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Spoken Word: With Music World: Native American Moods: Spiritual

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United States - South Dakota

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Joseph Flying Bye

Joseph Flying Bye - Kangi Hotanka (Crow with a Loud Voice) was a pejuta wicasa (medicine man), akicita (decorated war veteran), and wakan wicasa (holy man) from the Hunkpapa tribe of the Lakota / Sioux Nation on the Standing Rock Reservation, better known for the leaders of the late 1890's such as Sitting Bull, Gall and American Horse.

Joe Flying Bye spent much of his early years helping his blind grandfather prepare medicines and pray over sick people. He would often lead his grandfather into town and listen to the old men talk of battles and life on the open plains. His grandmother would also tell him creation stories at night and in these ways he became a keeper of traditional knowledge and culture.

Many of the medicine men on the Standing Rock reservation today have received instruction from him.

On June 22, 2000 Joe Flying Bye passed into the spirit world. He will be dearly remembered by his family, friends and Lakota people.

Besides his work as a wakan wicasa (holy man), Joseph Flying Bye was an accomplished pipe maker, singer, traditional pow-wow dancer, and bead worker. He enjoyed his many visitors from all over the world and if you stopped by his house you would often find him working on a beaded staff or carving a pipe stone or stem. He would stop and tell you a story (usually a humorous one as it was traditional to start with light conversation before talking about the more serious matters that he would advise on), and during the course of your visit one or two other people might stop by with gifts of thanks or just to say hello.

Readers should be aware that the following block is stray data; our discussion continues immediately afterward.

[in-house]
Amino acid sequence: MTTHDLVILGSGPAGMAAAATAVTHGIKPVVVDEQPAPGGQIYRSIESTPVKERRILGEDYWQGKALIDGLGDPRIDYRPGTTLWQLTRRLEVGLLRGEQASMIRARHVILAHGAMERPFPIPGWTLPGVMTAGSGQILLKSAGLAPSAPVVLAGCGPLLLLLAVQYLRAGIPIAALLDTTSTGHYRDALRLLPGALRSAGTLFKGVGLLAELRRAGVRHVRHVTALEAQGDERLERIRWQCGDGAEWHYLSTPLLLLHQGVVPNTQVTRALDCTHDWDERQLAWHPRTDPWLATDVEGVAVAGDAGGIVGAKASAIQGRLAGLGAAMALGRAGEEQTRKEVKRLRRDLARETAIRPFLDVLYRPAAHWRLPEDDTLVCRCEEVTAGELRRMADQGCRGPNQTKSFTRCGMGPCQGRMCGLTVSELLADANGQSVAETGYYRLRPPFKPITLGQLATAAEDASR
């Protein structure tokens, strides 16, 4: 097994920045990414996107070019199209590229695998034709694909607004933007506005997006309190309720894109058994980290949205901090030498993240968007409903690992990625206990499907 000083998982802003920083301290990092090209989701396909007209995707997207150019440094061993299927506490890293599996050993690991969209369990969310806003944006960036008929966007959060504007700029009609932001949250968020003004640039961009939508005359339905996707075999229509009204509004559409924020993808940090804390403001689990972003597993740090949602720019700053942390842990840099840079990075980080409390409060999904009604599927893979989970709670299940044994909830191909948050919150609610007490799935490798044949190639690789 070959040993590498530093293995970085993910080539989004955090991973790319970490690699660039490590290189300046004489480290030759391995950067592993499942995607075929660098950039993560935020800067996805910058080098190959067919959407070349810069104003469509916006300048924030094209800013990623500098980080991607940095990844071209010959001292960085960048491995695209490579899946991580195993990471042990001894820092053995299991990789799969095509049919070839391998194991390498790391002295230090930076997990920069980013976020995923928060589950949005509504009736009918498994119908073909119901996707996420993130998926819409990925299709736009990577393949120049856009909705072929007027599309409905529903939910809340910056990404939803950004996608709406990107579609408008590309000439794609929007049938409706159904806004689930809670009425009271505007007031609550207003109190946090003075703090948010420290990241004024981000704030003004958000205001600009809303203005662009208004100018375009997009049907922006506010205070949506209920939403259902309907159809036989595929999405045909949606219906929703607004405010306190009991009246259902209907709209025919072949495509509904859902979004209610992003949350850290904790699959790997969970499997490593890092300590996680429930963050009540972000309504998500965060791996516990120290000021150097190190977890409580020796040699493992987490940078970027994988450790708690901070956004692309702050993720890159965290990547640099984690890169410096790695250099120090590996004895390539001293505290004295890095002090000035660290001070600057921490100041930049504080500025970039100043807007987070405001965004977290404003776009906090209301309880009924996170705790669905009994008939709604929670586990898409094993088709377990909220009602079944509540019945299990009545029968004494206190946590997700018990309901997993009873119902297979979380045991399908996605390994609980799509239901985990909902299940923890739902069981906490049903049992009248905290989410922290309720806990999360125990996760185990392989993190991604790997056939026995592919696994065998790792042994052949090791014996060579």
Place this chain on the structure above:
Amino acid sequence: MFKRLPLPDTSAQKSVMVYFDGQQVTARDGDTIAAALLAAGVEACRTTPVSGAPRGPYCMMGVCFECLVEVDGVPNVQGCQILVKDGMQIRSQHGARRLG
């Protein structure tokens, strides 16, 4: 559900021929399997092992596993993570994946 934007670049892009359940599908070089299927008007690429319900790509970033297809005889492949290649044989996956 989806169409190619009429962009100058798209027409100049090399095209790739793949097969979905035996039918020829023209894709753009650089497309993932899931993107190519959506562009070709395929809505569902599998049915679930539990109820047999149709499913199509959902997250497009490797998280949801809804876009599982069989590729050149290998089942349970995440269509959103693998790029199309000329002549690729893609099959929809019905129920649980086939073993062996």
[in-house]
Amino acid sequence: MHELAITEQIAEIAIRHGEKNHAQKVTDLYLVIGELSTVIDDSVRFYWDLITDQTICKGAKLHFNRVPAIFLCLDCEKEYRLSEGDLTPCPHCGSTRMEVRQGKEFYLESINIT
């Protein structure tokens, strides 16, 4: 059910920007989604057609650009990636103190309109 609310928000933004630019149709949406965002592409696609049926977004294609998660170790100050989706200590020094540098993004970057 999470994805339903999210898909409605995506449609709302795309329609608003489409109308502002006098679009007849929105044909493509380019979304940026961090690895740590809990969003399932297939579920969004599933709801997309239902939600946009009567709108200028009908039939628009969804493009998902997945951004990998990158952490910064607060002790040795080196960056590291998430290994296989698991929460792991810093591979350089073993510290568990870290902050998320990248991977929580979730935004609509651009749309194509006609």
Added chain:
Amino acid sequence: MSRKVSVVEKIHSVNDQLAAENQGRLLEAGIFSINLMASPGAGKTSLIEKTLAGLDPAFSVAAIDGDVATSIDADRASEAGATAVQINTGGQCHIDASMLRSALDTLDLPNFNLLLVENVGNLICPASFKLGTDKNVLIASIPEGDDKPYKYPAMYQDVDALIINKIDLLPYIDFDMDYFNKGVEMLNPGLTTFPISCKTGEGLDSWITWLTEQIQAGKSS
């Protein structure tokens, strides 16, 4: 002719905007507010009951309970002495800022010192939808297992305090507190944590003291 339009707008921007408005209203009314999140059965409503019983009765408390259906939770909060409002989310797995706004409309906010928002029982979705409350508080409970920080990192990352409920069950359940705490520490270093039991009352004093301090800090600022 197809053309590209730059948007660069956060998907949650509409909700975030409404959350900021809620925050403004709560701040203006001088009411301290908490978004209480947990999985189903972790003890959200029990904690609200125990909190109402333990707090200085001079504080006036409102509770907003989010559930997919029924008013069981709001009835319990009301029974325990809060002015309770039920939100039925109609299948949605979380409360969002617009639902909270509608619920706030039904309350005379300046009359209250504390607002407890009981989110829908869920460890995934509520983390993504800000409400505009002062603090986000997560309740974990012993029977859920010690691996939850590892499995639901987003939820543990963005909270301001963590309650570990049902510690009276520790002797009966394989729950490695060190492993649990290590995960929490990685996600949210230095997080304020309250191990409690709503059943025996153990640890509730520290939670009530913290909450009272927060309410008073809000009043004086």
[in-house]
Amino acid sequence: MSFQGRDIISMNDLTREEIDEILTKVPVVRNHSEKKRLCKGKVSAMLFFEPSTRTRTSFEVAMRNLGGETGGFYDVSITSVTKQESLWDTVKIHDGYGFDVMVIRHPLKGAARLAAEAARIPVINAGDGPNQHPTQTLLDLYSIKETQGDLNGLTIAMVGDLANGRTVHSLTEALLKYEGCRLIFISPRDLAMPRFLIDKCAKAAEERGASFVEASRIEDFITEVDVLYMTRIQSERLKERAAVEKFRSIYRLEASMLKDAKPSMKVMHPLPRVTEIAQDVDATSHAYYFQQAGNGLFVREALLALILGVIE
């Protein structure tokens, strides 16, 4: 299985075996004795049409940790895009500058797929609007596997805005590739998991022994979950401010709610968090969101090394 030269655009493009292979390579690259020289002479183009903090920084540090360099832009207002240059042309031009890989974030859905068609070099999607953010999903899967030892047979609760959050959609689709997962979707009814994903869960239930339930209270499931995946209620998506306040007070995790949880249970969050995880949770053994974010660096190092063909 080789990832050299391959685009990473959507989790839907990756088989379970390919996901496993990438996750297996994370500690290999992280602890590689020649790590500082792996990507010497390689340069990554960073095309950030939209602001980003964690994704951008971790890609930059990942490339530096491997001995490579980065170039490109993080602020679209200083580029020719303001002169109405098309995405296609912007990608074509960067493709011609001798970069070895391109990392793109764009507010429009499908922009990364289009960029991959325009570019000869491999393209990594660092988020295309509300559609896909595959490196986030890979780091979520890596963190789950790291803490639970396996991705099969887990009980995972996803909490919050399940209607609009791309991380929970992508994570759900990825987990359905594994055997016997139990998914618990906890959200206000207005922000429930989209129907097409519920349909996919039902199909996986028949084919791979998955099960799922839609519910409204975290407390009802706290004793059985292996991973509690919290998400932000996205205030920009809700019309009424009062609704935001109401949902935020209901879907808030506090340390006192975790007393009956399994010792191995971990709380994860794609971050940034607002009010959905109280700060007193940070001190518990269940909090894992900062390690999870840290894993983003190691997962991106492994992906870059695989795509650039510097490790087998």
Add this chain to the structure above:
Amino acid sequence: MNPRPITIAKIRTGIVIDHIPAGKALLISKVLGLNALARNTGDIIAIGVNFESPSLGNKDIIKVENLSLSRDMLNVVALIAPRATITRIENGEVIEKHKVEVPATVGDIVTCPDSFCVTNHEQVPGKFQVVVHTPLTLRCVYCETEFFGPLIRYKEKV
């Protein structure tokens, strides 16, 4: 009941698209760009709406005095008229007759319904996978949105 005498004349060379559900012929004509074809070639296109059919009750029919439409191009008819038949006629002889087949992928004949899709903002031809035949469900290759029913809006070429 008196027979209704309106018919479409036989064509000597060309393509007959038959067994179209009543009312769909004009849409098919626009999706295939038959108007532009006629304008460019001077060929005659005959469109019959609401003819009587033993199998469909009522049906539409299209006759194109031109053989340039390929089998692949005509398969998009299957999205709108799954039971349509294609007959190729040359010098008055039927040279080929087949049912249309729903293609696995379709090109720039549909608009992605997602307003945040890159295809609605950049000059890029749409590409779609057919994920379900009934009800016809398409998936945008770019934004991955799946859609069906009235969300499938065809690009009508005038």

Lakota was Joe Flying Bye's first language and it was rare that you would hear him speak English in a public address. He felt that in order for the Lakota culture to stay alive the people must speak their own language as a community. He was very concerned that the younger people were not interested in learning their own language. He knew that when they got older they would be looking for these things and we would need some elders to speak directly to them in their own language and frame of mind rather than getting information from historians after the fact. He was concerned about how his words would be translated so on the recordings he also spoke in English his own interpretations for these teachings.

At this time there are only a few elders who can see that far back into the past. The purpose of these recordings is to pass on what we currently know of that past and where we stand with these ways at this time. In this way, we can help the future generations hear an elder from those early times speak and pray.

The ceremonial songs contained in these recordings are considered sacred to the Lakota nation. Please treat them with honor and respect, and they will lead you to a place of peace and understanding. In troubled times they will bring you strength and comfort. They are a gift from the grandparents before us.

Remember to live a good life, and do good things with each day that you are given. Help each other and encourage each other to be good people.

We all play a part in what the future will be for the next generation. They will remember the things that they saw us do while we were with them and they will look at the path that we left behind for them to follow. Use your lifetime to leave a beautiful trail behind you.

At this time we are expecting to produce at least five different recordings total. Please check back periodically for release dates. Your purchases will help to keep our project alive.